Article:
MasterCard Exec Shares Amazing Security Details Behind Apple Pay

In a recent interview with Bank Innovation, Jorn Lambert, group executive of digital channels at MasterCard, has shared the technical details for how Apple Pay will work when it goes live in the US next month. He explained how Apple Pay will not only use a cryptogram, but a dynamic token as well for each transaction, which will be a 16-digit number that looks exactly like a credit card number.

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Lambert said that when a consumer will input his credit card into his iPhone, the networks, Visa, MasterCard, and American Express, will send a token and a cryptogram to the iOS device, which will store them on a special chip. The iOS device, in this state with the cryptogram and token installed, will be known as the “token requester”. He further added that Apple will store the token and cryptogram data on the phone in a “secure element”, which is a separate, secure chip within the iPhone especially dedicated to its security.

“This secure chip is also the only element within the device that can produce a token and cryptogram. When the consumer walks up to a checkout counter holding his iPhone stocked with a token and cryptogram, Apple Pay asks the consumer whether he wants to pay using his device and the NFC terminal sitting there on the checkout counter. He “says” yes in only one way: by using his fingerprint scan. This is the only authentication of the transaction.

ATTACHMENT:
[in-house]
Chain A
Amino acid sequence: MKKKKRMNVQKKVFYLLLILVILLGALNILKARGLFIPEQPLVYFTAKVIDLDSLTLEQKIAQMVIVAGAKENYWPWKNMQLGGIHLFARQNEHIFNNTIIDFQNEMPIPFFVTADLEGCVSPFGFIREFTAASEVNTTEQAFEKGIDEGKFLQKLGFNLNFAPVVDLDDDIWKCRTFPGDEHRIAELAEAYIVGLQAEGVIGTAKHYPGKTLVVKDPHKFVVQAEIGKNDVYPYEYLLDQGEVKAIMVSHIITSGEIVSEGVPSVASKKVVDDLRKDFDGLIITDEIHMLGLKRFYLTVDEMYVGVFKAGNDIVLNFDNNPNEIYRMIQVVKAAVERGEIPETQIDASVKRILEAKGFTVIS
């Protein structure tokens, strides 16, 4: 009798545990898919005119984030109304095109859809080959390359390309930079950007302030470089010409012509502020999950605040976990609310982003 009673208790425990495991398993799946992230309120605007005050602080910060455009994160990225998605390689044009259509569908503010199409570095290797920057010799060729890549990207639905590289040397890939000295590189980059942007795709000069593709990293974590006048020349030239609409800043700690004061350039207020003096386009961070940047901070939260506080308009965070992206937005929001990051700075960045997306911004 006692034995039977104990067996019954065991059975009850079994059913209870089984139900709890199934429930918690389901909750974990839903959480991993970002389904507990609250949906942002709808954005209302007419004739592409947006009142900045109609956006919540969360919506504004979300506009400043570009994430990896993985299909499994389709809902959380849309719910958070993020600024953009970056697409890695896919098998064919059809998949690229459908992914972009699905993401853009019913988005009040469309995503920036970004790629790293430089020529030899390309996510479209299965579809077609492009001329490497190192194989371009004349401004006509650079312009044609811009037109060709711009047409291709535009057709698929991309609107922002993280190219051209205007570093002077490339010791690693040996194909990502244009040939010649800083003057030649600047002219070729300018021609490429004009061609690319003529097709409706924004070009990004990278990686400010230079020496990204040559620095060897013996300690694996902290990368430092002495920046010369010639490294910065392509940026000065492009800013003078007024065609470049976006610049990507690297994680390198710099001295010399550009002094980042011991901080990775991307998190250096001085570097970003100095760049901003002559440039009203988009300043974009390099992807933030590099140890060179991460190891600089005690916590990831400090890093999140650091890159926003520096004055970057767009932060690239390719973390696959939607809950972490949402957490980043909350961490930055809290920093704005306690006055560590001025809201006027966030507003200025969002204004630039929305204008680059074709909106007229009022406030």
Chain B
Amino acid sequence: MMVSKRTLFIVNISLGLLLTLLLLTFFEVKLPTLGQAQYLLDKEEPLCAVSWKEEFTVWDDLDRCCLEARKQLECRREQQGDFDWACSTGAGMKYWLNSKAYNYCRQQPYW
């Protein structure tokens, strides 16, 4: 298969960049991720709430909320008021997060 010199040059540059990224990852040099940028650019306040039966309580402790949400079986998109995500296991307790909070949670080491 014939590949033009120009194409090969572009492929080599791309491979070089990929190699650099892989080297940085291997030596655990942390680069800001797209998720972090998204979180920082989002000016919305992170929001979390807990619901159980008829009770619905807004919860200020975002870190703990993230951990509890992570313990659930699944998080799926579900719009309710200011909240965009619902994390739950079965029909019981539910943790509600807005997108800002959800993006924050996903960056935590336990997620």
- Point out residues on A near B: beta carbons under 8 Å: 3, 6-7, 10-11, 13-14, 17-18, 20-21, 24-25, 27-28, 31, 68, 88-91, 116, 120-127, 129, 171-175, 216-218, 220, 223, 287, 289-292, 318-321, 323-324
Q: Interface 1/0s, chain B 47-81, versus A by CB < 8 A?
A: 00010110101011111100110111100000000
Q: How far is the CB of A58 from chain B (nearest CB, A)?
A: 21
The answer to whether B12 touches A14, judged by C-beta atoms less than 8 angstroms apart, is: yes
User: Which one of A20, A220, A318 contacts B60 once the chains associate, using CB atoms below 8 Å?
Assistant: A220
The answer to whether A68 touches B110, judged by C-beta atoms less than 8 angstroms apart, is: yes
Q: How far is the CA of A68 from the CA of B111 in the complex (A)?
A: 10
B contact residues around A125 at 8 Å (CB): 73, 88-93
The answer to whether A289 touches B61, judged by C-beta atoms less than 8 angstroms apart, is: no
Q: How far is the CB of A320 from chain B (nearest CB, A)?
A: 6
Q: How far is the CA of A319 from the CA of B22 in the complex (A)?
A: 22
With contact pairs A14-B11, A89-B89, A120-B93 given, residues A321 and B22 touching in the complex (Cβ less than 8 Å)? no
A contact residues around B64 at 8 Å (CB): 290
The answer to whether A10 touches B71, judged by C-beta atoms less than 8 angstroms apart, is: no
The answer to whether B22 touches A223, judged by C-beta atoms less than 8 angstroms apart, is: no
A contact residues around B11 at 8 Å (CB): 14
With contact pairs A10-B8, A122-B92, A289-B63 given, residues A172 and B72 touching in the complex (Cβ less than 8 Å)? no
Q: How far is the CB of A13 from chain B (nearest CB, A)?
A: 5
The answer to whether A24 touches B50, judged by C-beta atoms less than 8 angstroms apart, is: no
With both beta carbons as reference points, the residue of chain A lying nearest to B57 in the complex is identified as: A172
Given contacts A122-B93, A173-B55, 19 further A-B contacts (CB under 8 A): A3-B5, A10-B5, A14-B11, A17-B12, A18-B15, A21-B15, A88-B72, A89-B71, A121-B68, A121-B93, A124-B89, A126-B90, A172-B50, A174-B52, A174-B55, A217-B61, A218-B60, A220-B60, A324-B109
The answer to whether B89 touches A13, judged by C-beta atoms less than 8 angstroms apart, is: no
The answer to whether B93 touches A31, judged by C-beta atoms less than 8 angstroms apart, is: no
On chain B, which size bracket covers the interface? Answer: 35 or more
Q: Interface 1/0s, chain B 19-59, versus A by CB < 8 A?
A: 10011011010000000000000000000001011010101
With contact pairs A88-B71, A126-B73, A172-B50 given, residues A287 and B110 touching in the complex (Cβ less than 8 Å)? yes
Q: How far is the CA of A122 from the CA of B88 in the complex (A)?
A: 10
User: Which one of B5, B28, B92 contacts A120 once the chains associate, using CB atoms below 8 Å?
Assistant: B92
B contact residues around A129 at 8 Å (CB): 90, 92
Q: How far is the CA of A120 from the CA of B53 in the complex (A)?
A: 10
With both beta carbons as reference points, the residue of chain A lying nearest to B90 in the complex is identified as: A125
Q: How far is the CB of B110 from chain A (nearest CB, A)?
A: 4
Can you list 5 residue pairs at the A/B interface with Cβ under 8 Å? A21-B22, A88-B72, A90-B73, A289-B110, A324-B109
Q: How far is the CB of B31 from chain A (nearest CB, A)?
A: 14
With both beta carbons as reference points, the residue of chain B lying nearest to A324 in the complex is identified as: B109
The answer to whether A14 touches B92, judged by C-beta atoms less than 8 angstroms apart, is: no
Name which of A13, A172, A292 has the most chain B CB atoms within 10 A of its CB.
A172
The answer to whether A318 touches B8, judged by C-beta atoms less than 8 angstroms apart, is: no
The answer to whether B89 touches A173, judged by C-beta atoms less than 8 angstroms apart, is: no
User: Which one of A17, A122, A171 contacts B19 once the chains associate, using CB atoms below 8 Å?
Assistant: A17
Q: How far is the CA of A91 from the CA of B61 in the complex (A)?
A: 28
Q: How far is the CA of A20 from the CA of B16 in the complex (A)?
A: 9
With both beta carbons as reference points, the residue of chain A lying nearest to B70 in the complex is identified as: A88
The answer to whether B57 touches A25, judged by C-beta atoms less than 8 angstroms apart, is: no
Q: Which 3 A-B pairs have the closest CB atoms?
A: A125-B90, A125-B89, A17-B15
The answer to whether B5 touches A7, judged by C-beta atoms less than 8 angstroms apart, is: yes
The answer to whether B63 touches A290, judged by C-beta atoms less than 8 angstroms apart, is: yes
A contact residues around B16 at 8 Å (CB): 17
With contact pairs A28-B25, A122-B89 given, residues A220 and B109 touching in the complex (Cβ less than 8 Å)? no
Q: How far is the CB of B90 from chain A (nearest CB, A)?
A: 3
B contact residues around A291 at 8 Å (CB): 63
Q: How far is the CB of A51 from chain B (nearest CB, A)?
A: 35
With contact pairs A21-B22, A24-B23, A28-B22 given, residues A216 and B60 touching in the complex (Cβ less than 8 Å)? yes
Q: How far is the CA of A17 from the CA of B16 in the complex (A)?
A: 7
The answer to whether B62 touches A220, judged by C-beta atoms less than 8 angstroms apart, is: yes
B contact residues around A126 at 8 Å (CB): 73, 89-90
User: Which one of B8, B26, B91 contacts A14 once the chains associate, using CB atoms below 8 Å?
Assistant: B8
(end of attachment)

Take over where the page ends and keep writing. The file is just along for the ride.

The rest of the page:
This authentication prompts the “secure element” to send the token and cryptogram to the merchant. The network decrypts the cryptogram and determines whether it is authentic or not. If it is deemed authentic, the network will pass it along to the issuer (i.e. the bank), which then decrypts the token. In other words, every party to the transaction decrypts something”.

Once the issuer decrypts the token, the issuer/bank authorizes the transaction and money is credited to the merchant, with all of this happening in a split second. Pretty amazing eh?

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  • aaloo

    I see. So that’s why we need the credit card issuers to be on board. So even if I put my Canadian credit card in the passbook, the Canadian bank won’t send a cryptogram to it and I won’t be able to use it via NFC.